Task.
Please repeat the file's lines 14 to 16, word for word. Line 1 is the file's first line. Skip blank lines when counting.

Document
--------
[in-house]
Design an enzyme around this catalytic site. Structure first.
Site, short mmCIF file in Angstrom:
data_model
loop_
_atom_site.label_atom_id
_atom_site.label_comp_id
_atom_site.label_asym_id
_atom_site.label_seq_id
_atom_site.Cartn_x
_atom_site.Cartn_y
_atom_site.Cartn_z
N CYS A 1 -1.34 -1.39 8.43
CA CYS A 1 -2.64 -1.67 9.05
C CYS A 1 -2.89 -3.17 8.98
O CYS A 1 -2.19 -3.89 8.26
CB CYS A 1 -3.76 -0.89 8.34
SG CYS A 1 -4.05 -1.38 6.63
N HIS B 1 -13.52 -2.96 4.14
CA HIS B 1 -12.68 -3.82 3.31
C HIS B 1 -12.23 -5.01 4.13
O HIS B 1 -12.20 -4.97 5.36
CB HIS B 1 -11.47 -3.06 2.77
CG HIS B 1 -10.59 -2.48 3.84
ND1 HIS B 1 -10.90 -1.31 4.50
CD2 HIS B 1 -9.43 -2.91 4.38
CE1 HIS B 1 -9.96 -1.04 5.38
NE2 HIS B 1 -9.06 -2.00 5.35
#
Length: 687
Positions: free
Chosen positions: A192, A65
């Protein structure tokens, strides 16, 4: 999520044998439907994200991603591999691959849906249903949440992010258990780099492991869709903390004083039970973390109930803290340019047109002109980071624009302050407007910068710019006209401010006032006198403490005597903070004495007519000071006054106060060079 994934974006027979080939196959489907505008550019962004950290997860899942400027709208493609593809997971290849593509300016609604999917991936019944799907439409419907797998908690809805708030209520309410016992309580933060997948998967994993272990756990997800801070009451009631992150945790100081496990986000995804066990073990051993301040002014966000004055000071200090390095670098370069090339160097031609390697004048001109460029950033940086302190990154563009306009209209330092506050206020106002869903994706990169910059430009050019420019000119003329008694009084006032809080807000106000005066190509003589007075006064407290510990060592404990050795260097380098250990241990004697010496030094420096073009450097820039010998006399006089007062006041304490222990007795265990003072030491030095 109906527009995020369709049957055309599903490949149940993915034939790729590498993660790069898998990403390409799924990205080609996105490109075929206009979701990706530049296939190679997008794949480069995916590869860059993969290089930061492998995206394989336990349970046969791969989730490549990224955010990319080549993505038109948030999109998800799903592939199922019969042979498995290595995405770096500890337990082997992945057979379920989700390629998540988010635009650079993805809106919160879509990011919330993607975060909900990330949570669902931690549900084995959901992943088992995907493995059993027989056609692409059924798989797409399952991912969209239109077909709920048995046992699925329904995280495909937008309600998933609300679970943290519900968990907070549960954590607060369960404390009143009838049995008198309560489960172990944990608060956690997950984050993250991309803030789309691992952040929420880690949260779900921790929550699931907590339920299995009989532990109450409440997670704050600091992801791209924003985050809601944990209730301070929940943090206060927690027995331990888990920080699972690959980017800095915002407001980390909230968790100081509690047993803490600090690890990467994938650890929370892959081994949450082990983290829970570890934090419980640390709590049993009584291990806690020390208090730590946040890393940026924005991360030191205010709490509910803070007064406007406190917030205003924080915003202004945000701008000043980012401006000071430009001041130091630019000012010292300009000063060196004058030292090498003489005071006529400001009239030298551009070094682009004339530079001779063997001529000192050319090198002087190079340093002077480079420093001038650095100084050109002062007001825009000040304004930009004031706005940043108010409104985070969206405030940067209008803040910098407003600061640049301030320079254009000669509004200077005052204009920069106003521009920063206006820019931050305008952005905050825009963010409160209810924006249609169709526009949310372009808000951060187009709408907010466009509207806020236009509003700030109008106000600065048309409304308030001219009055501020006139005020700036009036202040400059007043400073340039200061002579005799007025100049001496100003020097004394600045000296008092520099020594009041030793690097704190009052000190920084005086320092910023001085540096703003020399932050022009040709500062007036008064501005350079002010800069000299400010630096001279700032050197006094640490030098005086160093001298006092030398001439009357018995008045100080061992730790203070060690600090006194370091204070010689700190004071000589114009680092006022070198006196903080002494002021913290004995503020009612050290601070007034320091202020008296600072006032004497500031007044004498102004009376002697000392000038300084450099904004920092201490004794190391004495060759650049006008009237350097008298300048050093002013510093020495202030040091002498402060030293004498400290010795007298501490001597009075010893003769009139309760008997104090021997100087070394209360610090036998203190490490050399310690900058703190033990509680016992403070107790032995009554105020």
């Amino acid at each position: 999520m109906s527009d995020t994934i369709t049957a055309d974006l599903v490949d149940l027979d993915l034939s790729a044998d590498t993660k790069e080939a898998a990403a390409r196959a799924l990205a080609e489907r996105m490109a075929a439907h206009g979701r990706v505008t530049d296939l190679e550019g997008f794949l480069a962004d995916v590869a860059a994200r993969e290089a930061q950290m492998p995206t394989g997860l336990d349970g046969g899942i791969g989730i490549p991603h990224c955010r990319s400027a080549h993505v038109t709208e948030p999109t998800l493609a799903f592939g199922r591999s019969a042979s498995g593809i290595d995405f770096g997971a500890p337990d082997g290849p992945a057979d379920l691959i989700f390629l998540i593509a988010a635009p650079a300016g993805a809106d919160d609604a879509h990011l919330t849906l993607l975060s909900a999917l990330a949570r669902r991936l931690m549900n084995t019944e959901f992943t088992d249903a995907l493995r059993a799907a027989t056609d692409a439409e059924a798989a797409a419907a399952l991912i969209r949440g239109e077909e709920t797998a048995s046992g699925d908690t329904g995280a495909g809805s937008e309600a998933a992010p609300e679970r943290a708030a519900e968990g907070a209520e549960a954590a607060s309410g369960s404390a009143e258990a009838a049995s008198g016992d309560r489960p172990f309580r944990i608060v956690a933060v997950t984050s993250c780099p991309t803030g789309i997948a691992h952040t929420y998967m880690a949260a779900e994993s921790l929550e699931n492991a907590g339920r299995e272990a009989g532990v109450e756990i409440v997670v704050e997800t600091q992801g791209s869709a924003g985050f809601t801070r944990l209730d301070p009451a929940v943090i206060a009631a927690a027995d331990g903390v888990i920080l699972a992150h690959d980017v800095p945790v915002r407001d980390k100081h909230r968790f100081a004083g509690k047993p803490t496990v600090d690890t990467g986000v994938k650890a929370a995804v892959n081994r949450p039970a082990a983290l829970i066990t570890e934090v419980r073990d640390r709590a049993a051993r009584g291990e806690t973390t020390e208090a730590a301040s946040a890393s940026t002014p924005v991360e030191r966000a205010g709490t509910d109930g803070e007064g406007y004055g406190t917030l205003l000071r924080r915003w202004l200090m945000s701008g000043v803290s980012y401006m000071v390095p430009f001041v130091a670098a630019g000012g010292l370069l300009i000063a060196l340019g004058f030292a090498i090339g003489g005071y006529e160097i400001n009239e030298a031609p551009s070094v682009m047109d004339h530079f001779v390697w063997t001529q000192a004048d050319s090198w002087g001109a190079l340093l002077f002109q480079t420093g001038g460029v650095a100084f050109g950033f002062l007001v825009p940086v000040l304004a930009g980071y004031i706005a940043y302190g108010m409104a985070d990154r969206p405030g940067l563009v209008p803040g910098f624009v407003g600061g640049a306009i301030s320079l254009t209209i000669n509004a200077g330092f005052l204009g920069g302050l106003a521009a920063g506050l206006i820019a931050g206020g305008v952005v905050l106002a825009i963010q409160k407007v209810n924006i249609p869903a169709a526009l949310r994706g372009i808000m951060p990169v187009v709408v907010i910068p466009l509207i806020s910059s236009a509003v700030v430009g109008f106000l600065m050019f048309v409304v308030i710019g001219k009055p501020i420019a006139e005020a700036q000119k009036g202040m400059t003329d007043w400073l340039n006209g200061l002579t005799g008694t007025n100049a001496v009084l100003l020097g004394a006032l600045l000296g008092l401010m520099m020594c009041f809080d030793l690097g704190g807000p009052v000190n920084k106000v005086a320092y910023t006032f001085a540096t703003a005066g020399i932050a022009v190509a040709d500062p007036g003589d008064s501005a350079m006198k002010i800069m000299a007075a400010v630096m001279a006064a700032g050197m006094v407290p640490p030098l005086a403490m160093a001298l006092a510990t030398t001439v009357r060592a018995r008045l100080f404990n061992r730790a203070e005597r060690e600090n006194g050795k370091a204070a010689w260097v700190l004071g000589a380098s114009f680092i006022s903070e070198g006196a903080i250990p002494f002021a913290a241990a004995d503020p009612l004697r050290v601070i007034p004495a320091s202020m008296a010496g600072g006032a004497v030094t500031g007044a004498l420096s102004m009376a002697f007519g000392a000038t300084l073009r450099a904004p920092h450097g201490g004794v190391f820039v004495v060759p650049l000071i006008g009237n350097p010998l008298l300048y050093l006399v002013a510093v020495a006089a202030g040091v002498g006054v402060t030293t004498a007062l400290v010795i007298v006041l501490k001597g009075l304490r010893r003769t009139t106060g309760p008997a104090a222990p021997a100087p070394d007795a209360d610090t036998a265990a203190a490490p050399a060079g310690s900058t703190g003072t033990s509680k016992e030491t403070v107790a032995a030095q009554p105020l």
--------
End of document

CA CYS A 1 -2.64 -1.67 9.05
C CYS A 1 -2.89 -3.17 8.98
O CYS A 1 -2.19 -3.89 8.26